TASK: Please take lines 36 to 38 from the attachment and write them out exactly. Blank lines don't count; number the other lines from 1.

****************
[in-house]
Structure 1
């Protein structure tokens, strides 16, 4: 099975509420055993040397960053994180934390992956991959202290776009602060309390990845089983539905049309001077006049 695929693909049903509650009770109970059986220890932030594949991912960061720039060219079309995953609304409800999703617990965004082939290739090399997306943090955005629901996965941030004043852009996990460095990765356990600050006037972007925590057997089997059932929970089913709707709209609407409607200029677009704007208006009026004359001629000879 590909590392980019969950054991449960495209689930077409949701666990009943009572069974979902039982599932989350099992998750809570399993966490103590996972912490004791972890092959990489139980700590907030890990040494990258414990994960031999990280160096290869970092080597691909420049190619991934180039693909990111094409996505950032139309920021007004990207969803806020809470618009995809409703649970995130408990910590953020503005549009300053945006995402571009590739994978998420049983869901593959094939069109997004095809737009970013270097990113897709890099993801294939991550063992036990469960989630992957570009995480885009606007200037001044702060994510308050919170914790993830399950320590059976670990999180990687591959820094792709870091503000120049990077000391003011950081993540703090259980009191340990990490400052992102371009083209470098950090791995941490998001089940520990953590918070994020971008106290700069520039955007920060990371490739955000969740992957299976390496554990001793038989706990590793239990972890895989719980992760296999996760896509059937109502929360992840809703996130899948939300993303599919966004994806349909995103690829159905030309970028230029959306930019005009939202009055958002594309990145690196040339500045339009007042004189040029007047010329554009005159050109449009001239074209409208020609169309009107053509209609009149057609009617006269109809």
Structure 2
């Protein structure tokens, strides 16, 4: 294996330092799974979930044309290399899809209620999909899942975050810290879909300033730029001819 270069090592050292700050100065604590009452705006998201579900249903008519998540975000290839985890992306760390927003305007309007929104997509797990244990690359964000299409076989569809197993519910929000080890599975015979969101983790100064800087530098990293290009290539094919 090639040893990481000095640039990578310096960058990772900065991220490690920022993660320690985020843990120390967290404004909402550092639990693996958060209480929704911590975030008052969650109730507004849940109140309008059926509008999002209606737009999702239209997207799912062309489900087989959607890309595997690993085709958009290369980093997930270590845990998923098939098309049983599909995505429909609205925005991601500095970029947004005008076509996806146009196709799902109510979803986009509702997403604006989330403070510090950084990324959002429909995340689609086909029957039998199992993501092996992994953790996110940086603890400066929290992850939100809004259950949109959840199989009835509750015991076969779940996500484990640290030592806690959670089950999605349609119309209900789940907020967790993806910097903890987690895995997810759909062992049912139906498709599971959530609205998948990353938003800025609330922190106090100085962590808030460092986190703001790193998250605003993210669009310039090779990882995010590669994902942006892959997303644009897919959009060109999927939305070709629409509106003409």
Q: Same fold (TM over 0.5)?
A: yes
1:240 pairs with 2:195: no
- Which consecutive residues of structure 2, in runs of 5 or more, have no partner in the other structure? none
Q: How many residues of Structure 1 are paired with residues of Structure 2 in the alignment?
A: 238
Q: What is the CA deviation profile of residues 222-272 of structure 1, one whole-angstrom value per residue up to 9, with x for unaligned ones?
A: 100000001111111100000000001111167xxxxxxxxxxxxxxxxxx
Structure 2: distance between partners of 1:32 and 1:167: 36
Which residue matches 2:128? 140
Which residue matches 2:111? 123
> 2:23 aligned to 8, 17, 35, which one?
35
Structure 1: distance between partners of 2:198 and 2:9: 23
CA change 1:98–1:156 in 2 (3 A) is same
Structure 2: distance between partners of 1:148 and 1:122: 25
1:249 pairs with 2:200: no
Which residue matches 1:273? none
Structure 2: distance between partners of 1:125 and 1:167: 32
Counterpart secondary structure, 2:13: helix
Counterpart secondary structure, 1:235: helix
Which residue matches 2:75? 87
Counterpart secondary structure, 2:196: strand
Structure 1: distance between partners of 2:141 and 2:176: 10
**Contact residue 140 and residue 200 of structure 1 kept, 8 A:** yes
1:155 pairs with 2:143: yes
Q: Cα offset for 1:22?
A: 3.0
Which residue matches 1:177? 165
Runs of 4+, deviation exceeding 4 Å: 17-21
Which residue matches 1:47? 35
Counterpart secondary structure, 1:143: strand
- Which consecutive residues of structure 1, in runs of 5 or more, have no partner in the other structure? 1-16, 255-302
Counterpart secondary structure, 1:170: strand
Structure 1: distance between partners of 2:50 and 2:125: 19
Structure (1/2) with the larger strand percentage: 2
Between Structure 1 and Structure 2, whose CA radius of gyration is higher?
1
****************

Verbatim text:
Which residue matches 1:47? 35
Counterpart secondary structure, 1:143: strand
- Which consecutive residues of structure 1, in runs of 5 or more, have no partner in the other structure? 1-16, 255-302